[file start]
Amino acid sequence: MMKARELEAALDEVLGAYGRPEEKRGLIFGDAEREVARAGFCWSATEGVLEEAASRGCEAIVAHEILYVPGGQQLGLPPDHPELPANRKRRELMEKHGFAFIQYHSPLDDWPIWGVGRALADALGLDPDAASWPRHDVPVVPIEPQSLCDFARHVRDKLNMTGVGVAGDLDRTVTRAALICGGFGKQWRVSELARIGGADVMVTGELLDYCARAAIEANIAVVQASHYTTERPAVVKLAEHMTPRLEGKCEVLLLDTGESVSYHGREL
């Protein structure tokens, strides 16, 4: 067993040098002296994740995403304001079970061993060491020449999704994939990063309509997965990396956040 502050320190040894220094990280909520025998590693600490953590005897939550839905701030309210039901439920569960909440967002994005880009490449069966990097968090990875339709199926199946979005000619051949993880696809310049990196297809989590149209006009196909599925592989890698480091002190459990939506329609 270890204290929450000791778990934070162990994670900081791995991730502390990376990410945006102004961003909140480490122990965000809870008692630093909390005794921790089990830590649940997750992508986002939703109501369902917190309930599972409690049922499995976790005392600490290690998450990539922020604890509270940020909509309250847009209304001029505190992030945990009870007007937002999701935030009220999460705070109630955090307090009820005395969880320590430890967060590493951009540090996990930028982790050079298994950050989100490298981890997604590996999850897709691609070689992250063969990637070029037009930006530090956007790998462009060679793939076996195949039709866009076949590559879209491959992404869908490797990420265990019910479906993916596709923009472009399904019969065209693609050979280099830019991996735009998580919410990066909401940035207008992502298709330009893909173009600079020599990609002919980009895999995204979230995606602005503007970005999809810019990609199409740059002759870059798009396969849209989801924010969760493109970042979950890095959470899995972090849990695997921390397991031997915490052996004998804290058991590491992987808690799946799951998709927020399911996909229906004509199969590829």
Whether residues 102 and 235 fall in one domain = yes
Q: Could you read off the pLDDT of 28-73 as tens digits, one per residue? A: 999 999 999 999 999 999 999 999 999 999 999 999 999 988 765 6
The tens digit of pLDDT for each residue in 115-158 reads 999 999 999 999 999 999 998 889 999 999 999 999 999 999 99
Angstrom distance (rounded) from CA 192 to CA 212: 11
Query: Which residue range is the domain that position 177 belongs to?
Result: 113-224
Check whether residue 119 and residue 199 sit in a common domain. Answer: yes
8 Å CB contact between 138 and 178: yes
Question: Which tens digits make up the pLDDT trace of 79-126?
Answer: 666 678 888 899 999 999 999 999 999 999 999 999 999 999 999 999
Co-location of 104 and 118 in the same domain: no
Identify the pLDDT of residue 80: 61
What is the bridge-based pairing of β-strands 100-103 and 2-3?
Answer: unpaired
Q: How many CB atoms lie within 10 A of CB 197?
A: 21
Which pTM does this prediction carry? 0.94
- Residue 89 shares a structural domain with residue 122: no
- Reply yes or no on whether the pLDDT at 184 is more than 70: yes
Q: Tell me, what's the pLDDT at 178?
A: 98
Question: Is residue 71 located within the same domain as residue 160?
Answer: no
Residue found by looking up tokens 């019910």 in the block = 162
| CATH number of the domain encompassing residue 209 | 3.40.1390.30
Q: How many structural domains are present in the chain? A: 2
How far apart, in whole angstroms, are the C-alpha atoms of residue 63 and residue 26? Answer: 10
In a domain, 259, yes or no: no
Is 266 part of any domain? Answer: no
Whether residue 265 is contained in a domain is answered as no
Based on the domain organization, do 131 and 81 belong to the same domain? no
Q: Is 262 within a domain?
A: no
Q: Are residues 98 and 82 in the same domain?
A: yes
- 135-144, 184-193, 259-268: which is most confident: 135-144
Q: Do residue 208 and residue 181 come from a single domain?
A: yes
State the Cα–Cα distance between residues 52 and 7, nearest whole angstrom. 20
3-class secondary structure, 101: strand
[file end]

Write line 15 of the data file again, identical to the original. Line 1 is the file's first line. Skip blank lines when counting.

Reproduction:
What is the bridge-based pairing of β-strands 100-103 and 2-3?